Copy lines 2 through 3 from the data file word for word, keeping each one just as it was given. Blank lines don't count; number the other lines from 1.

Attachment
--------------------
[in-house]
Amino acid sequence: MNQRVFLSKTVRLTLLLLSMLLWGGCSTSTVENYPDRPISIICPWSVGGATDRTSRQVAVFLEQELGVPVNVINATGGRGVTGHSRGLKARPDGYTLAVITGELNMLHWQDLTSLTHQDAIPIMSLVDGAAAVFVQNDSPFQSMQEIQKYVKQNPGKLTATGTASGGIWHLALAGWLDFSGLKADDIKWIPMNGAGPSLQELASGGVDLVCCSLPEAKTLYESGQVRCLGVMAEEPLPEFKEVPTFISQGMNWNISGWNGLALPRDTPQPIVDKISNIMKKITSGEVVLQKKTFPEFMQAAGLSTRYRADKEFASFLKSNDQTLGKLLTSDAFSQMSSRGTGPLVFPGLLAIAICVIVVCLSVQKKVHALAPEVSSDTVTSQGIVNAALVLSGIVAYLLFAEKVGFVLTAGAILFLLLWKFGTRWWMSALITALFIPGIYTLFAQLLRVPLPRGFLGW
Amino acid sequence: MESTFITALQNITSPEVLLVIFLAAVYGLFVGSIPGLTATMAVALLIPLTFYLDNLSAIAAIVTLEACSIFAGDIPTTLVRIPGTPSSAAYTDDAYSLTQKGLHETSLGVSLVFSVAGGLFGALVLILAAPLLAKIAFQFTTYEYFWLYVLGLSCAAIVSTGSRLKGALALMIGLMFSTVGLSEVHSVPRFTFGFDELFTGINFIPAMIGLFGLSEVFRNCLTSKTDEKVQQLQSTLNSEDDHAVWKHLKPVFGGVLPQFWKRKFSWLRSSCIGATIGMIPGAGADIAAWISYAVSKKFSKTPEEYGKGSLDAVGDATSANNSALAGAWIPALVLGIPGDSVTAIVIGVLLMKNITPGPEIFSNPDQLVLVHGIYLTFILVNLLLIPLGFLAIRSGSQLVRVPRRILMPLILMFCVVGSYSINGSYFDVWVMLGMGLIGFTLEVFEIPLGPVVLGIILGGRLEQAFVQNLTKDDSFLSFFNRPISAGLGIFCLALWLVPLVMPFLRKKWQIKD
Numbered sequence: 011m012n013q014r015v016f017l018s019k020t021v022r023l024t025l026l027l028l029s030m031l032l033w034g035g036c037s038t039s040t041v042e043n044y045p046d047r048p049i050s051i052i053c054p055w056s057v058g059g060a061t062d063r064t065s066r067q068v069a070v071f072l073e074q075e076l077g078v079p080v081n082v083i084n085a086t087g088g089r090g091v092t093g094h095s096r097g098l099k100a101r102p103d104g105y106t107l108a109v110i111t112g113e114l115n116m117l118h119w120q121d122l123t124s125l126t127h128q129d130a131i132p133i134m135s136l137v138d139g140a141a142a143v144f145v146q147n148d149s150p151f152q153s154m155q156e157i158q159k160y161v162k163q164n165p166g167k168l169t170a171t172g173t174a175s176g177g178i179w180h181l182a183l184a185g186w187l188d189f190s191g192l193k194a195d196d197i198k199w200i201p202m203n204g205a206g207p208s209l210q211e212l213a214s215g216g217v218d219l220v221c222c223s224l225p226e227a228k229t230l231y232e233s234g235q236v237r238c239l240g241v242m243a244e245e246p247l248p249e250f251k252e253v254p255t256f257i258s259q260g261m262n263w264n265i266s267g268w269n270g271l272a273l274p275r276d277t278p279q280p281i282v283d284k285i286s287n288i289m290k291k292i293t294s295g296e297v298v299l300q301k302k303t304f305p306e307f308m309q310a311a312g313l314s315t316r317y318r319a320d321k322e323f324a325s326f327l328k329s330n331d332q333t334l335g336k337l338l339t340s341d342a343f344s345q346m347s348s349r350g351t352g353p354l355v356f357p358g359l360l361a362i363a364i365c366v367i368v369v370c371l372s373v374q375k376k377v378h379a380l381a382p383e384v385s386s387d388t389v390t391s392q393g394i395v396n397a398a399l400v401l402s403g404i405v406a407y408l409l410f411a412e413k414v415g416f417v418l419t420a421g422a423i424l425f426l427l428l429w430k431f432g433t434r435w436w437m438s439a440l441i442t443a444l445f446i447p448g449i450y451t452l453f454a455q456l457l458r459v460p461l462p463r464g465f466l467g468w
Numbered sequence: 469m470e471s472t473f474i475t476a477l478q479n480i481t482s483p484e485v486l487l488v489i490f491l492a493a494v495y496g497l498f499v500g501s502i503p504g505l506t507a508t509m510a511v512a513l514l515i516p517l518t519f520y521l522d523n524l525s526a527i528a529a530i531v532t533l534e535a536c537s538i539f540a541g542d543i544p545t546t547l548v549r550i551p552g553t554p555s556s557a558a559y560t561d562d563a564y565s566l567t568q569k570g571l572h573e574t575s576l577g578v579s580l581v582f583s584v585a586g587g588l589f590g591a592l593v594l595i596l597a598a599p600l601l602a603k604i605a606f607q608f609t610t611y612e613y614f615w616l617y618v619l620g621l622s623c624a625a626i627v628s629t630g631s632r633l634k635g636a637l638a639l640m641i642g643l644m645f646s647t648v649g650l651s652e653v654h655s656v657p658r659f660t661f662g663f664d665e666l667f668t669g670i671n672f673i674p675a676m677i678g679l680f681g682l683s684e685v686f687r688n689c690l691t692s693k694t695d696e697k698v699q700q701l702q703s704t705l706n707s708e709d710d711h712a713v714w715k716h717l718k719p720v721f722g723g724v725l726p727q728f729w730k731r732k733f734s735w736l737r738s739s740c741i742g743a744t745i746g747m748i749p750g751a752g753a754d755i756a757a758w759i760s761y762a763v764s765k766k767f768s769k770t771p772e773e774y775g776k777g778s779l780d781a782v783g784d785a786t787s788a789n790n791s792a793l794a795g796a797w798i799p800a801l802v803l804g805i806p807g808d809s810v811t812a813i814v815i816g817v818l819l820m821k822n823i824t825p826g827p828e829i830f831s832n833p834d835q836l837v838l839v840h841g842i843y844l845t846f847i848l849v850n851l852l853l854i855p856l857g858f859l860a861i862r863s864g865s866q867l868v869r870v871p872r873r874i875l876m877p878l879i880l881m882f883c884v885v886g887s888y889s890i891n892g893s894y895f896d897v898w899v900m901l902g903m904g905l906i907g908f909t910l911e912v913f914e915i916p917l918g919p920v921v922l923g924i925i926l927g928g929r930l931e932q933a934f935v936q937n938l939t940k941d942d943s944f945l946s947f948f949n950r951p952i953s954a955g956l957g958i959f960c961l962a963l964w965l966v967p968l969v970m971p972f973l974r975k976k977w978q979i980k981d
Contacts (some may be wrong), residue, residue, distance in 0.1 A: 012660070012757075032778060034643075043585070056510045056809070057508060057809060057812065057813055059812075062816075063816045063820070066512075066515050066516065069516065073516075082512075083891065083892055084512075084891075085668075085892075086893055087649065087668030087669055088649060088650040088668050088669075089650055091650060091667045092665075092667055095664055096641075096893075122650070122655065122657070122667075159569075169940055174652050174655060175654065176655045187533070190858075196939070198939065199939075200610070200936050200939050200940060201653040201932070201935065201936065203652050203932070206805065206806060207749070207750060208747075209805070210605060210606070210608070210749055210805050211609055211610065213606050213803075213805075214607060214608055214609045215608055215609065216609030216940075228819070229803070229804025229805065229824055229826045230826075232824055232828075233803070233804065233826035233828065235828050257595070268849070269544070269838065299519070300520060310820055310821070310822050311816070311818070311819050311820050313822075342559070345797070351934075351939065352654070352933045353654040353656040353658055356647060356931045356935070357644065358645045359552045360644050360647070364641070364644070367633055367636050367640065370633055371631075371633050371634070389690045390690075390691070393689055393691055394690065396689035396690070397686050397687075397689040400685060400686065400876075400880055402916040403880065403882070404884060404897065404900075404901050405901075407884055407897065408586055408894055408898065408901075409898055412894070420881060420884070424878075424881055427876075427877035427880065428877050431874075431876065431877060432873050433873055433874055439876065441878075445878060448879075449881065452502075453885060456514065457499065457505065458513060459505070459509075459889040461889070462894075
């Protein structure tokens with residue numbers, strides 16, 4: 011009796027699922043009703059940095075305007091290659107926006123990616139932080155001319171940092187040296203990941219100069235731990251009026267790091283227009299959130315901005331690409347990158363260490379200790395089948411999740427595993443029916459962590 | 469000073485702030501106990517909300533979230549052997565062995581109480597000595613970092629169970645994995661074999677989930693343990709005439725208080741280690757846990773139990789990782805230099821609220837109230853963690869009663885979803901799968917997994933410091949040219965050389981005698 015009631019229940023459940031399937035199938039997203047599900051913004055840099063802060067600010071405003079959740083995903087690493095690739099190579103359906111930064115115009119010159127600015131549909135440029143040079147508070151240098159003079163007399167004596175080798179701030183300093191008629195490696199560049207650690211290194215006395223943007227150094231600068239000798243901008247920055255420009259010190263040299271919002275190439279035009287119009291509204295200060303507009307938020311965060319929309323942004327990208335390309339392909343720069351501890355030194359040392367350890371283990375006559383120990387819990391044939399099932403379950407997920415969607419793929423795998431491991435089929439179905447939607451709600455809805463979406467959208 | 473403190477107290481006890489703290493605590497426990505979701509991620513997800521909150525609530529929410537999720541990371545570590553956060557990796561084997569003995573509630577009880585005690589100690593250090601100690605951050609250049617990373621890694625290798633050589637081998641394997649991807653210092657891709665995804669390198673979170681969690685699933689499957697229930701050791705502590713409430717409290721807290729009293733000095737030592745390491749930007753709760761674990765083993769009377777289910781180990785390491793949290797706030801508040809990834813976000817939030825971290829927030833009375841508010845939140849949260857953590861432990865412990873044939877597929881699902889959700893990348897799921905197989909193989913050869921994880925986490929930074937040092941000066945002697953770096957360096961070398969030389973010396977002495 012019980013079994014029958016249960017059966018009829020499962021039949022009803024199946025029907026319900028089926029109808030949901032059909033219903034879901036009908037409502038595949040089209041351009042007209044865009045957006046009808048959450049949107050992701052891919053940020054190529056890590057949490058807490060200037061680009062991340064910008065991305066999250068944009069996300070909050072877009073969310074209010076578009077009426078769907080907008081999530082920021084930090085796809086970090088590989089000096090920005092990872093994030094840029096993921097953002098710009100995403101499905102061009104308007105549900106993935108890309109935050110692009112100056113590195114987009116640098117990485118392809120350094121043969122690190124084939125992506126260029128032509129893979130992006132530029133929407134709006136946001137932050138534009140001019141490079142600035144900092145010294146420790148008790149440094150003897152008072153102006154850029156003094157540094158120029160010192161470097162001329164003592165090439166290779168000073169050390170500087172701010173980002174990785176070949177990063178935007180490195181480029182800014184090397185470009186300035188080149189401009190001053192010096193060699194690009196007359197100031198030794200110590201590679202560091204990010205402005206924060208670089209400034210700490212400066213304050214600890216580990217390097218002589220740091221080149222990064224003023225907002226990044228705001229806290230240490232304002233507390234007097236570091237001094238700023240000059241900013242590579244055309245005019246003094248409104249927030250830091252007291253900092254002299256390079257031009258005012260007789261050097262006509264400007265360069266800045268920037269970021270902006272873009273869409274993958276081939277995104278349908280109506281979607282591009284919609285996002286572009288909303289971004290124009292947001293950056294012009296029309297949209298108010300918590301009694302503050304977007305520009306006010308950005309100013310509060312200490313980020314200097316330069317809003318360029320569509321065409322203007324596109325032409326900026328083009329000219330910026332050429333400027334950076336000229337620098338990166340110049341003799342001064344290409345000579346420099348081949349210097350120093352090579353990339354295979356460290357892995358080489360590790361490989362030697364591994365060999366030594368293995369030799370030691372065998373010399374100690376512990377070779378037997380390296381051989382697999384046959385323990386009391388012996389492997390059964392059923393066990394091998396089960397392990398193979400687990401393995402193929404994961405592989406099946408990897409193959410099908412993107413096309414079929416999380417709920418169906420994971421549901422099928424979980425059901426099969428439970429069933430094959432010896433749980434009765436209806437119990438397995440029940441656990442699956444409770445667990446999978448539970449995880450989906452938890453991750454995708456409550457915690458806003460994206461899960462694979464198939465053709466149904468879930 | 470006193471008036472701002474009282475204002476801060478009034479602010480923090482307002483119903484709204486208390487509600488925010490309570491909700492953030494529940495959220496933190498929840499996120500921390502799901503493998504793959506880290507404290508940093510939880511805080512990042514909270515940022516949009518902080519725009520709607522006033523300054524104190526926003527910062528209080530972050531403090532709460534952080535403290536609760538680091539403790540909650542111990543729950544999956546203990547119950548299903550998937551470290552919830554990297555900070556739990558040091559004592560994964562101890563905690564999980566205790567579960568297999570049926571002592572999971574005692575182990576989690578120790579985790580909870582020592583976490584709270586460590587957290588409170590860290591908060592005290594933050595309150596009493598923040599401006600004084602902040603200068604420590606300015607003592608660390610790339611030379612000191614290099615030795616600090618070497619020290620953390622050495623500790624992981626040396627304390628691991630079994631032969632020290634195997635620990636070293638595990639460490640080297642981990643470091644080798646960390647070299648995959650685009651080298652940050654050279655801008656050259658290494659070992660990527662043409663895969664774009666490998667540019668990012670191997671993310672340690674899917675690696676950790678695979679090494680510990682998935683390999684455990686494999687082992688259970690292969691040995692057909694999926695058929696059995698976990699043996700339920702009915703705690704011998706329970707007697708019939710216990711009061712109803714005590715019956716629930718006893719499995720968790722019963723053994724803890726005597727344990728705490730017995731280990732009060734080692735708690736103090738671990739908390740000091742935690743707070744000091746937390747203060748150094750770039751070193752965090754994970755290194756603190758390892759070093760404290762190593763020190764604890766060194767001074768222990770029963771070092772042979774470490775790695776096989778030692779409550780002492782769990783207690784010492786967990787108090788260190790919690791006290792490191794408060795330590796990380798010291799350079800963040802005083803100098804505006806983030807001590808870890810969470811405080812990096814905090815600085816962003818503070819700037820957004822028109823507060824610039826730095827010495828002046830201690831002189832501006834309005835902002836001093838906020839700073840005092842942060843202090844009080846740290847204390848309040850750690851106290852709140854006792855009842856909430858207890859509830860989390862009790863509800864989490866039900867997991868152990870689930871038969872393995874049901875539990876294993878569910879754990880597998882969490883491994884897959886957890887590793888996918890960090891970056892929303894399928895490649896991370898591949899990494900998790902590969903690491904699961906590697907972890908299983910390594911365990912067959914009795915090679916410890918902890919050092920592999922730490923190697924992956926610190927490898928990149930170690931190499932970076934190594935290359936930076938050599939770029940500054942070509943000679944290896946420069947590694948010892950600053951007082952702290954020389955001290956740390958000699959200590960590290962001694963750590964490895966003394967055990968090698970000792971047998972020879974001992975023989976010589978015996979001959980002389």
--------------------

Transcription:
Amino acid sequence: MNQRVFLSKTVRLTLLLLSMLLWGGCSTSTVENYPDRPISIICPWSVGGATDRTSRQVAVFLEQELGVPVNVINATGGRGVTGHSRGLKARPDGYTLAVITGELNMLHWQDLTSLTHQDAIPIMSLVDGAAAVFVQNDSPFQSMQEIQKYVKQNPGKLTATGTASGGIWHLALAGWLDFSGLKADDIKWIPMNGAGPSLQELASGGVDLVCCSLPEAKTLYESGQVRCLGVMAEEPLPEFKEVPTFISQGMNWNISGWNGLALPRDTPQPIVDKISNIMKKITSGEVVLQKKTFPEFMQAAGLSTRYRADKEFASFLKSNDQTLGKLLTSDAFSQMSSRGTGPLVFPGLLAIAICVIVVCLSVQKKVHALAPEVSSDTVTSQGIVNAALVLSGIVAYLLFAEKVGFVLTAGAILFLLLWKFGTRWWMSALITALFIPGIYTLFAQLLRVPLPRGFLGW
Amino acid sequence: MESTFITALQNITSPEVLLVIFLAAVYGLFVGSIPGLTATMAVALLIPLTFYLDNLSAIAAIVTLEACSIFAGDIPTTLVRIPGTPSSAAYTDDAYSLTQKGLHETSLGVSLVFSVAGGLFGALVLILAAPLLAKIAFQFTTYEYFWLYVLGLSCAAIVSTGSRLKGALALMIGLMFSTVGLSEVHSVPRFTFGFDELFTGINFIPAMIGLFGLSEVFRNCLTSKTDEKVQQLQSTLNSEDDHAVWKHLKPVFGGVLPQFWKRKFSWLRSSCIGATIGMIPGAGADIAAWISYAVSKKFSKTPEEYGKGSLDAVGDATSANNSALAGAWIPALVLGIPGDSVTAIVIGVLLMKNITPGPEIFSNPDQLVLVHGIYLTFILVNLLLIPLGFLAIRSGSQLVRVPRRILMPLILMFCVVGSYSINGSYFDVWVMLGMGLIGFTLEVFEIPLGPVVLGIILGGRLEQAFVQNLTKDDSFLSFFNRPISAGLGIFCLALWLVPLVMPFLRKKWQIKD